The Pranksters on A Mission to The Mission
It’s New Year’s Eve in the universe
………..and we’re on a mission.
The Wizard of Wonder called on Christmas Day. Seems The Pranksters are needed for a little Merry Jerry conjuring on New Year’s Eve in O-Hi-o. The official good-time resident Grateful Dead-vibed band of the state, Adam’s Ale, is having their big album release party, and they’re loopin in a few friends to bring it home.
A nice addition to the magic ‘n’ mystery is — it’s being held in a church-cum-theater called The Mission, just down the road from the Football Hall of Fame in Canton — disguised as best you could possibly be by a surrounding buffer of industrial warehouses — in a hidden forbidden green-space under old-growth trees, down by a creek at the end of a road where nobody er nuthin comes snoopin ‘cept those invited with an underground wink.
And thus we Merry Pranksters from Indiana, West Virginia, North Carolina, Canada and more roll in for this Woodstockian New Year’s in an old performance space with a half-dozen jazz ‘n’ Dead-friendly bands, and a whole night of magic, madness and mischief.
It was all put together by Adam’s Ale bandleader John Welton — the kinda guy who knows all the best players in the state. The psychedelic power-trio Big Black Galactic, the funk bomb droppers Jive Bomb, and Ohio’s own homegrown Prankster, Smilin’ Joe, are just some of the musical caravans that carried the vans fulla people from all corners out to the dancefloor and up to the rafters of surreal euphoria.
At the far end of the main room from the stage, the playful character who rescued this Mission also believes in physical play like us Pranksters and has filled the space with foosball and ping-pong and bumper pool and pool tables … and air hockey! which this traveling prairie Canuck grew up on and hadn’t seen in millennia! Not to mention a huge fully functioning kitchen that’s churning out everything from sizzling fresh stir-fry and pizza to bacon & egg breakfasts the next morning.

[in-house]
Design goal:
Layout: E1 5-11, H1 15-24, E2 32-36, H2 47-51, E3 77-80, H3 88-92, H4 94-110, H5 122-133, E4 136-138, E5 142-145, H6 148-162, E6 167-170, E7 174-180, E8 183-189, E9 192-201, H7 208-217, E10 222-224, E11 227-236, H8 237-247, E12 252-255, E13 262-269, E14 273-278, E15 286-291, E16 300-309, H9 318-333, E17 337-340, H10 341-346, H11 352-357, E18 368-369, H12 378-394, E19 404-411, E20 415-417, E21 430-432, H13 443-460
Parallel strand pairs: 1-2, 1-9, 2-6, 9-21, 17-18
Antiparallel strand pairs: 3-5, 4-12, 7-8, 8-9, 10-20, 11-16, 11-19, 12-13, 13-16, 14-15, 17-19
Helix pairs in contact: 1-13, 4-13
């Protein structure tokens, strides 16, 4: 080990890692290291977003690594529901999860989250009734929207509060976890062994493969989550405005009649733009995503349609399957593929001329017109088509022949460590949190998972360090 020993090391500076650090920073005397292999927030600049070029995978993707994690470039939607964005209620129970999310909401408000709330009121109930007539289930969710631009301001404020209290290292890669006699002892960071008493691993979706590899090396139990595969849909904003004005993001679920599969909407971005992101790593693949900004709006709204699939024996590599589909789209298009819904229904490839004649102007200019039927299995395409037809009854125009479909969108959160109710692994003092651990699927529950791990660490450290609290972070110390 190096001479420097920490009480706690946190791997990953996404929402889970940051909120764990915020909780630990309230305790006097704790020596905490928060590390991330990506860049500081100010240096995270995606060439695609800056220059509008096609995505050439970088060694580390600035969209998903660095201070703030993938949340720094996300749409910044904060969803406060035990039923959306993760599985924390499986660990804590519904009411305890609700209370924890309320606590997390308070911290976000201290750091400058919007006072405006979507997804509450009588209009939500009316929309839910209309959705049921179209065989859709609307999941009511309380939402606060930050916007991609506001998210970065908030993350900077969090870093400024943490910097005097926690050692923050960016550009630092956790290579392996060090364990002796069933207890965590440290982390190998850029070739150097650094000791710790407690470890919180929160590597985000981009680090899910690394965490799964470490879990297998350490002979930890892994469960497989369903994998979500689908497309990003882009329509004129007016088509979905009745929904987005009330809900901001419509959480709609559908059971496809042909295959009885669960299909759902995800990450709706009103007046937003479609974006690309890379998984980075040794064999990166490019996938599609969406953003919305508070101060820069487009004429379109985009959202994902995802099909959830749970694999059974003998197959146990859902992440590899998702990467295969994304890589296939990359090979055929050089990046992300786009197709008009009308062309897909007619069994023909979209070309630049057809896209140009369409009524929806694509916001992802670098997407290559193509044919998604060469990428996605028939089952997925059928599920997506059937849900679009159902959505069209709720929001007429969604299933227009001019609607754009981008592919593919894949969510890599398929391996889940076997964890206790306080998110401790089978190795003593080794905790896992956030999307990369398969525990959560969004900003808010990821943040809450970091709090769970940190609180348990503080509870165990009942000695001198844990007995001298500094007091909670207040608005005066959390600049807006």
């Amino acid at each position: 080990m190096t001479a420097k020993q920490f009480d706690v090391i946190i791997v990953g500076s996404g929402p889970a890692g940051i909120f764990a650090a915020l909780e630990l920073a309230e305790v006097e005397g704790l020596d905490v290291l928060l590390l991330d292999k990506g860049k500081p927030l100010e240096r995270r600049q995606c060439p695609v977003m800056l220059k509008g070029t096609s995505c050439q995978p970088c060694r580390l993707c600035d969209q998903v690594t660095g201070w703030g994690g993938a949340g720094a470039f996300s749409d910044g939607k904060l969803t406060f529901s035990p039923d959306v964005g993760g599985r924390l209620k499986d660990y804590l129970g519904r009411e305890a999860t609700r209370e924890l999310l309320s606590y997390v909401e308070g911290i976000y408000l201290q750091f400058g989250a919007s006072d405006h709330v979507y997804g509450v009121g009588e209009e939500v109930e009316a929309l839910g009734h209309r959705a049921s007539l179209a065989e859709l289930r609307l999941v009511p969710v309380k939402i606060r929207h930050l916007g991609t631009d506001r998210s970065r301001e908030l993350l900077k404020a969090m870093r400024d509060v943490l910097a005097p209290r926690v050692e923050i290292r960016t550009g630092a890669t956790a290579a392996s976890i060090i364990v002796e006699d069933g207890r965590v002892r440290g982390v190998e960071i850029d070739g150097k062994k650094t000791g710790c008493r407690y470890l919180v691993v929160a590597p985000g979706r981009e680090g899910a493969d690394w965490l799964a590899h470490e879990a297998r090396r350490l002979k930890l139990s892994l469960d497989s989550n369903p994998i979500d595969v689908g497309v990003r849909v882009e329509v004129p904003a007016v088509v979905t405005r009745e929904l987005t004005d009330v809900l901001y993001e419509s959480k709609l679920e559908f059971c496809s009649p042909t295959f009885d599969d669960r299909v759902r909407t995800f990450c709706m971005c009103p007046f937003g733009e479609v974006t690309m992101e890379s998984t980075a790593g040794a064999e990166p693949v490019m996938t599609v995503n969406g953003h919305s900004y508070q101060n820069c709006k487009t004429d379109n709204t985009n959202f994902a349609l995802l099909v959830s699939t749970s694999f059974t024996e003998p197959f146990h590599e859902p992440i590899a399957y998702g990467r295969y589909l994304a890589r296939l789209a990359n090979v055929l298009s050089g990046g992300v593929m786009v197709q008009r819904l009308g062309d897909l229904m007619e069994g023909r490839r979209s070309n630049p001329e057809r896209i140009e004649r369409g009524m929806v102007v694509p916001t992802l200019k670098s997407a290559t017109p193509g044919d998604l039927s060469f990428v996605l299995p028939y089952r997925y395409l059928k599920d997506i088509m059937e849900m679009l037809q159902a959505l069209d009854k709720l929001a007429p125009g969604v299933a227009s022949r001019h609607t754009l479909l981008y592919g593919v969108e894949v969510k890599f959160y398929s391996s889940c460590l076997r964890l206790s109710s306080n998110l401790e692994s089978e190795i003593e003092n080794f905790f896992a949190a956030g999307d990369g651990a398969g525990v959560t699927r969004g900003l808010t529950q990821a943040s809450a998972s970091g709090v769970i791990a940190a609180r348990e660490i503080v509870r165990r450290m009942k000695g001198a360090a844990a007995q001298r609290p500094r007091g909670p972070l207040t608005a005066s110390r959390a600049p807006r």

We’ve got the whole playground to ourselves — and anything goes. Trapeze artists are flippin around mid-air in the old theater wing, fluorescent hula-hoops are spinning easy hallucinations, homemade bars are being set up next to tents in the indoor camping sections, castaway couches surrounding the dance floor are filling with necking couples, easels are set up that people are painting on, gems and jewelry are being sold by craftspeople on tables, non-stop music’s makin’ the masses move, and crazy Pranksters are tootling the multitudes as everyone becomes instant family.
Patty Cake and Stage Left, who’ve also driven down from The Great White, are bouncing balloons they’ve rigged up with glow-sticks inside, and have a bunch of clothespins with funny or prophetic expressions written on them that they’re surreptitiously clipping onto people’s clothing when they’re not looking. Grandma Tigger and Mountain Mama are dancing around with bags full of glitter and iridescent rainbow tinsel and streamers and such and are sprinkling it on people making everyone sparkle in the flashing psychedelic lights. The Wizard of Wonder dons a different costume every 90 minutes, adopting different characters and keeping the masses guessing all night. Brother Pooh Bear is in charge of liquor and brought a case of crazy indy brews and ciders and wines and is manning the bar and instigating toasts every chance he gets. And Tater Bug brought a couple of her teenage musician sons who weave their way into some jams but stay off the toast.
Before the festivities roar into gear, Gets Things Done talks to promoter / bandleader / Bill Graham-of-the-night John Welton, whose CD release event this whole shindig is, and he’s got it all mapped out, including how his band’s going on at 11 which’ll lead into the balloon drop at midnight, and he conveys the whole blueprint to us M.C.ing Pranksters, and all the world’s a go.